N95 face mask
The local toll of COVID-19 keeps rising. Over six hundred confirmed cases as of Monday, March 30. An unknown number of infected people out and about. Ten million dollars per month and climbing in costs to the county. And as one nurse warns about his workplace: two boxes of face shields left.
Don Steuer: "Each of our staff has their temperature taken every morning as they enter."
It's not just hospital workers needing more protective gear. Frontline workers in the field, at prisons, out working with parolees, including clients who are homeless, have weakened immune systems; all face the unknown every day.
"Everything is on back order, and we need supplies now," Augustin Rucobo, a public health nurse in tuberculosis control and refugee health, told county supervisors in a zoom conference call last week. His department "already works with a deadly infectious disease," and patients include seniors and those without housing or established health care.
Rucobo and other union healthcare workers spoke remotely – or tried. It was a new experience for the county, as one glitch after another left callers behind a wall of silence, amid echoes, delays in the live feed, and directions by staff to "unmute your device."
Wilma Wooten: "We were low and are low on face shields, gowns, and goggles."
Field staff, prison staff, and others are running out of masks, gloves, gowns and protective eyewear, Rucobo said. "If we're going to expand field services for the county, we need supplies."
Alicia Shirley, a supervisor in the probation department, said their clients have challenges "that amplify the risks during the coronavirus pandemic," such as addiction, illness, hygiene and weakened immune systems. "The work probation staff do cannot easily be done from six feet away in all cases."
All front-line workers, including social workers, mental health professionals, and probation staff need protective gear, Shirley said. "All workers who conduct house visits and interact in close quarters with parolees, clients, probationers, and patients need professionally fitted N95 masks."
The county declared a public health state of emergency on February 14. "But even then we had no idea the severity of what we would be facing," said county chief administrative officer, Helen Robbins-Myer.
With too few supplies, personal protective gear is being given out where the county deems it most important. All first responders and hospital personnel who are in contact with symptomatic members of the public are given priority, she said. "That is critical."
The second group given priority to receive face shields, masks, gloves and garb are those dealing with people that may not have positive COVID symptoms but have been in direct contact with someone that does.
"There are many other frontline folks who are doing heroic work every single day," and the county wants to get supplies to them. "But there are shortages," she said. "So we just cannot hand out personal protective equipment to folks that may come into a family and may have somebody that has a fear that they are going to get COVID 19."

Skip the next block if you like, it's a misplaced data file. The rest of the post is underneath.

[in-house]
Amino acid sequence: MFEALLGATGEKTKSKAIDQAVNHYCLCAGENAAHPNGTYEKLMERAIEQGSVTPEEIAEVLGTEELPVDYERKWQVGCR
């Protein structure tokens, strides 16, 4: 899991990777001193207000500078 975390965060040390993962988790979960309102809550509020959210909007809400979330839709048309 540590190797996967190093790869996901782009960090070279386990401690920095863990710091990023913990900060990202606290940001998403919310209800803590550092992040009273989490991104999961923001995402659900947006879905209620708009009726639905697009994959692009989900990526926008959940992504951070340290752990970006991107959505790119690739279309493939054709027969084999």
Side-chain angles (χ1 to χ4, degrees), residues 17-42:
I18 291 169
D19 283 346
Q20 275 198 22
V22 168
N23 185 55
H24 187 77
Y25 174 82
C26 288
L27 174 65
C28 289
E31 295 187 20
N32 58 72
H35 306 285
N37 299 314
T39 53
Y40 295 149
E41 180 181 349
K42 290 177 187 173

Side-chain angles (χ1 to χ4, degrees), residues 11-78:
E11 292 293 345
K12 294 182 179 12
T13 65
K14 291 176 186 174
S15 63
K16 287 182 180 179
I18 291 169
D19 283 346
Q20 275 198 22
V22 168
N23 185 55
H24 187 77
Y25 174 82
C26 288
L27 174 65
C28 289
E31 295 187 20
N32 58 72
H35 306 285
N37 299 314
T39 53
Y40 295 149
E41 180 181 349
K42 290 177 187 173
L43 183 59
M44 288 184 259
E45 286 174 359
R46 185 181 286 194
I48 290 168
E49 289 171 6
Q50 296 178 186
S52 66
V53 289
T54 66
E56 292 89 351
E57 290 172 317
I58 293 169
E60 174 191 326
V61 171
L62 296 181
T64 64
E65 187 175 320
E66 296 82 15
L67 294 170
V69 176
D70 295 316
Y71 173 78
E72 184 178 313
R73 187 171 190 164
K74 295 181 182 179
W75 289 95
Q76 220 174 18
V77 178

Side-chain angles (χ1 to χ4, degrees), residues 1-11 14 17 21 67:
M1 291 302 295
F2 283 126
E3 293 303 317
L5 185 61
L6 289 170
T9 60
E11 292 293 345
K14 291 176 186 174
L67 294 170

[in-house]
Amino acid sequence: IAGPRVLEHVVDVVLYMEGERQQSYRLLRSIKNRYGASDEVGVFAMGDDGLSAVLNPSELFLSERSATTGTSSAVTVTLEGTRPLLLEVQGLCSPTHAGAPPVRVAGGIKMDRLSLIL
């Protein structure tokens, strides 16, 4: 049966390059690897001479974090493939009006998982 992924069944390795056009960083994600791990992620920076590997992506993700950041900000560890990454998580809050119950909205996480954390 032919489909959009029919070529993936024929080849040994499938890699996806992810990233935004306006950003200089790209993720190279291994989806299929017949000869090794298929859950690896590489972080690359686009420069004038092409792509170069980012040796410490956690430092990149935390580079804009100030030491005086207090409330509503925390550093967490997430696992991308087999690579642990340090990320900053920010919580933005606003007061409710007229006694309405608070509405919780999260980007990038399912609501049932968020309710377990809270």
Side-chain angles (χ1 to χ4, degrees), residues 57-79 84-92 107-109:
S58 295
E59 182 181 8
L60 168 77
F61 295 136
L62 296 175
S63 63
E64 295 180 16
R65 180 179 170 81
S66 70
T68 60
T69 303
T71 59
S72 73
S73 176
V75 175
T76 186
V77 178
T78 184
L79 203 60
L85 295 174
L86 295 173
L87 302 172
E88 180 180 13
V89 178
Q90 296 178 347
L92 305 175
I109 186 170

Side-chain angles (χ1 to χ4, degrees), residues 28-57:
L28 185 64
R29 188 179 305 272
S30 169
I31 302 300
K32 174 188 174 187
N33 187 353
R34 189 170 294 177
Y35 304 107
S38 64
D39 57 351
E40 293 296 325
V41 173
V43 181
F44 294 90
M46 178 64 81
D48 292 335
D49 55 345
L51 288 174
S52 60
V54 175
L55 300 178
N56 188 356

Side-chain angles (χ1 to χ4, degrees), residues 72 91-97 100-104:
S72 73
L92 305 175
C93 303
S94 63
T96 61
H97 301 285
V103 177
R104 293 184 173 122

However, a dearth of tests still hinders efforts to track the spread, causing more uncertainty for workers.
At the county's emergency operations center, "each of our staff has their temperature taken every morning as they enter," said Don Steuer, the assistant chief administrative officer and COVID19 incident commander.
The emergency operations system is at level 1, the highest level, he said, "bringing the emergency operations center, medical operations center, city departments, and community partners together through teleworking."
All requests for supplies go through the web emergency operations center, said Dr. Wilma Wooten, San Diego county public health officer. "We have many reports of doctors and nurses that don't have the supplies they need," she acknowledged. "We were low and are low on face shields, gowns, and goggles," she said, but they were expecting supplies from the strategic national stockpile that day.
Supervisor Desmond asked for numbers of people who've recovered to be included in the tally of cases. "If people are coming off that list, that data should be tracked and given to the public as well. We've been collecting this since February 14 – 230 people testing positive," he said, but 230 has soared to over 600 a week later.
"Our number of cases continues to increase at a rapid rate," Robbins-Myer said. "We are still climbing that curve."
And there is no way to track people sick at home, Wooten said. Patients who are hospitalized require two negative tests 24 hours apart before they can be discharged, and that much is captured "because we are capturing all positive and negative tests so that we can understand where our local testing capacity is."
Wooten said the county should have more San Diego-specific data in coming weeks. "Once we get up to full capacity with testing we will know how many tests and how many positives," she said.
Only about 20 percent of those who contract the virus develop symptoms requiring hospitalization. "We've been telling people with mild to moderate symptoms to stay home." But not everyone is on board yet, she said.
"We know there are a lot of individuals who are out there who are infected."